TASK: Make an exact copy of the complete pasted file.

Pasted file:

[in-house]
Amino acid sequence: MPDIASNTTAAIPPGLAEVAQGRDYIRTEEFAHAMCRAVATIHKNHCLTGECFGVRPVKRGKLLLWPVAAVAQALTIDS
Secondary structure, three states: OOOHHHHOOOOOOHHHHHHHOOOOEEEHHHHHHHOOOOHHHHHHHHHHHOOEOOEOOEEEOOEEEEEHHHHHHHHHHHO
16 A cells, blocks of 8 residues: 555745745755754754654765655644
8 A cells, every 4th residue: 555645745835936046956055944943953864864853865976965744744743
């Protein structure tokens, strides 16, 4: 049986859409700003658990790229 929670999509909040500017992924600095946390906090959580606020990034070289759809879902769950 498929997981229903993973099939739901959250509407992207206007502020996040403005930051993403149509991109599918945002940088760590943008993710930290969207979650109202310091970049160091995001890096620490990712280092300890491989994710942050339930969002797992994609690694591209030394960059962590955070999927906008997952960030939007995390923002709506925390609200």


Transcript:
[in-house]
Amino acid sequence: MPDIASNTTAAIPPGLAEVAQGRDYIRTEEFAHAMCRAVATIHKNHCLTGECFGVRPVKRGKLLLWPVAAVAQALTIDS
Secondary structure, three states: OOOHHHHOOOOOOHHHHHHHOOOOEEEHHHHHHHOOOOHHHHHHHHHHHOOEOOEOOEEEOOEEEEEHHHHHHHHHHHO
16 A cells, blocks of 8 residues: 555745745755754754654765655644
8 A cells, every 4th residue: 555645745835936046956055944943953864864853865976965744744743
């Protein structure tokens, strides 16, 4: 049986859409700003658990790229 929670999509909040500017992924600095946390906090959580606020990034070289759809879902769950 498929997981229903993973099939739901959250509407992207206007502020996040403005930051993403149509991109599918945002940088760590943008993710930290969207979650109202310091970049160091995001890096620490990712280092300890491989994710942050339930969002797992994609690694591209030394960059962590955070999927906008997952960030939007995390923002709506925390609200």